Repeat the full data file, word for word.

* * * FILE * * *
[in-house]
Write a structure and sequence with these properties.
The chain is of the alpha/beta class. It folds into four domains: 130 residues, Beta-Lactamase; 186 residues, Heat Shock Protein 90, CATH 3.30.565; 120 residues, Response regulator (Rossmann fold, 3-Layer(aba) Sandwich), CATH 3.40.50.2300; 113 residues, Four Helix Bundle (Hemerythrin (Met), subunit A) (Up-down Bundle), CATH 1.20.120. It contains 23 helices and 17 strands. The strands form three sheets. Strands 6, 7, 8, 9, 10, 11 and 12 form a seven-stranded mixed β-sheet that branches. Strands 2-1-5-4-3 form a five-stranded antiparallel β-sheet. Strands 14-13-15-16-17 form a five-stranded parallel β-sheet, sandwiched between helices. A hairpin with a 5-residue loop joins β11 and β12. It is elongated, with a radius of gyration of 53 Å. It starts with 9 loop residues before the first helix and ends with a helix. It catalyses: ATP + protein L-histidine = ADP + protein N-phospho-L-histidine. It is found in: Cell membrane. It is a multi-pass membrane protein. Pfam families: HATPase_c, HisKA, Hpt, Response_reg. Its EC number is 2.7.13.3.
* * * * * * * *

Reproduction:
[in-house]
Write a structure and sequence with these properties.
The chain is of the alpha/beta class. It folds into four domains: 130 residues, Beta-Lactamase; 186 residues, Heat Shock Protein 90, CATH 3.30.565; 120 residues, Response regulator (Rossmann fold, 3-Layer(aba) Sandwich), CATH 3.40.50.2300; 113 residues, Four Helix Bundle (Hemerythrin (Met), subunit A) (Up-down Bundle), CATH 1.20.120. It contains 23 helices and 17 strands. The strands form three sheets. Strands 6, 7, 8, 9, 10, 11 and 12 form a seven-stranded mixed β-sheet that branches. Strands 2-1-5-4-3 form a five-stranded antiparallel β-sheet. Strands 14-13-15-16-17 form a five-stranded parallel β-sheet, sandwiched between helices. A hairpin with a 5-residue loop joins β11 and β12. It is elongated, with a radius of gyration of 53 Å. It starts with 9 loop residues before the first helix and ends with a helix. It catalyses: ATP + protein L-histidine = ADP + protein N-phospho-L-histidine. It is found in: Cell membrane. It is a multi-pass membrane protein. Pfam families: HATPase_c, HisKA, Hpt, Response_reg. Its EC number is 2.7.13.3.